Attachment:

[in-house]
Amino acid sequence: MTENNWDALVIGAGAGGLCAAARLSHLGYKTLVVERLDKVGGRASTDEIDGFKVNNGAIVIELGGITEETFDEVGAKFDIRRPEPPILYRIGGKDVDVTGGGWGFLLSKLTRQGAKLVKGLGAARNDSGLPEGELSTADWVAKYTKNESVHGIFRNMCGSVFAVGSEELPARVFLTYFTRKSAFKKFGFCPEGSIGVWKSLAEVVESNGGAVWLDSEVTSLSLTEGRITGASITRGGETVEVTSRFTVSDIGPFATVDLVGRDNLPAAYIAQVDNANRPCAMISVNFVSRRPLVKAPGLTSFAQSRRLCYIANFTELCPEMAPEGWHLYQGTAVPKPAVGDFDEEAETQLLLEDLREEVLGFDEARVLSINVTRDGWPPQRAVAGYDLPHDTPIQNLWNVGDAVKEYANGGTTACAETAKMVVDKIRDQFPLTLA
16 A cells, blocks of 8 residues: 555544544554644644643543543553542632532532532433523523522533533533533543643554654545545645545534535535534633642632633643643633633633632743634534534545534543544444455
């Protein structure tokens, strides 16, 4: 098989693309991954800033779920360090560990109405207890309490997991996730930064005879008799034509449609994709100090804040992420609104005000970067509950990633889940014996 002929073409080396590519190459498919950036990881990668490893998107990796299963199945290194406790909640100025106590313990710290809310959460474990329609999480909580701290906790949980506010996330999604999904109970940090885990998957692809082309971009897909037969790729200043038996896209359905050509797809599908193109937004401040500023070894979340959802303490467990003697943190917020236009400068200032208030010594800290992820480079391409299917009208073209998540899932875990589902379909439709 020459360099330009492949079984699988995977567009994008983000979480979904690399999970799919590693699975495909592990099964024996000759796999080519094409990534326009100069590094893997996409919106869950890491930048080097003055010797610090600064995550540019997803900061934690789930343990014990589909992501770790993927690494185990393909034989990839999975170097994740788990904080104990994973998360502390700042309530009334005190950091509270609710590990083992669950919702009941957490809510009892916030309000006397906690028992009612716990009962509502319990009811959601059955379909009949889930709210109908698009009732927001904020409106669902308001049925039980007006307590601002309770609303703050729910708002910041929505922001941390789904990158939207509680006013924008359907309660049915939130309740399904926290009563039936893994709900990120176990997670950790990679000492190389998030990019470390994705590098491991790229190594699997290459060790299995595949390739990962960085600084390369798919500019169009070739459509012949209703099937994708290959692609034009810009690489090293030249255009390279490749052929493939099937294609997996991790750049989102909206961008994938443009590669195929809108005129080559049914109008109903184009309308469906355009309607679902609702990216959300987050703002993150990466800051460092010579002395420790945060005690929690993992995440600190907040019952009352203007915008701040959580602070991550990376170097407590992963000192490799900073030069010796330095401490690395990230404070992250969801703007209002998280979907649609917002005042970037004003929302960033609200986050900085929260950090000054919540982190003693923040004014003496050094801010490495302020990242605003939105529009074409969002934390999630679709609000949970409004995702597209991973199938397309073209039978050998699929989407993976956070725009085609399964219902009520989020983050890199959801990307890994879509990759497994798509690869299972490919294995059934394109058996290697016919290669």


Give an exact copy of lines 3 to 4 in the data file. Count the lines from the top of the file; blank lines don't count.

16 A cells, blocks of 8 residues: 555544544554644644643543543553542632532532532433523523522533533533533543643554654545545645545534535535534633642632633643643633633633632743634534534545534543544444455
């Protein structure tokens, strides 16, 4: 098989693309991954800033779920360090560990109405207890309490997991996730930064005879008799034509449609994709100090804040992420609104005000970067509950990633889940014996 002929073409080396590519190459498919950036990881990668490893998107990796299963199945290194406790909640100025106590313990710290809310959460474990329609999480909580701290906790949980506010996330999604999904109970940090885990998957692809082309971009897909037969790729200043038996896209359905050509797809599908193109937004401040500023070894979340959802303490467990003697943190917020236009400068200032208030010594800290992820480079391409299917009208073209998540899932875990589902379909439709 020459360099330009492949079984699988995977567009994008983000979480979904690399999970799919590693699975495909592990099964024996000759796999080519094409990534326009100069590094893997996409919106869950890491930048080097003055010797610090600064995550540019997803900061934690789930343990014990589909992501770790993927690494185990393909034989990839999975170097994740788990904080104990994973998360502390700042309530009334005190950091509270609710590990083992669950919702009941957490809510009892916030309000006397906690028992009612716990009962509502319990009811959601059955379909009949889930709210109908698009009732927001904020409106669902308001049925039980007006307590601002309770609303703050729910708002910041929505922001941390789904990158939207509680006013924008359907309660049915939130309740399904926290009563039936893994709900990120176990997670950790990679000492190389998030990019470390994705590098491991790229190594699997290459060790299995595949390739990962960085600084390369798919500019169009070739459509012949209703099937994708290959692609034009810009690489090293030249255009390279490749052929493939099937294609997996991790750049989102909206961008994938443009590669195929809108005129080559049914109008109903184009309308469906355009309607679902609702990216959300987050703002993150990466800051460092010579002395420790945060005690929690993992995440600190907040019952009352203007915008701040959580602070991550990376170097407590992963000192490799900073030069010796330095401490690395990230404070992250969801703007209002998280979907649609917002005042970037004003929302960033609200986050900085929260950090000054919540982190003693923040004014003496050094801010490495302020990242605003939105529009074409969002934390999630679709609000949970409004995702597209991973199938397309073209039978050998699929989407993976956070725009085609399964219902009520989020983050890199959801990307890994879509990759497994798509690869299972490919294995059934394109058996290697016919290669």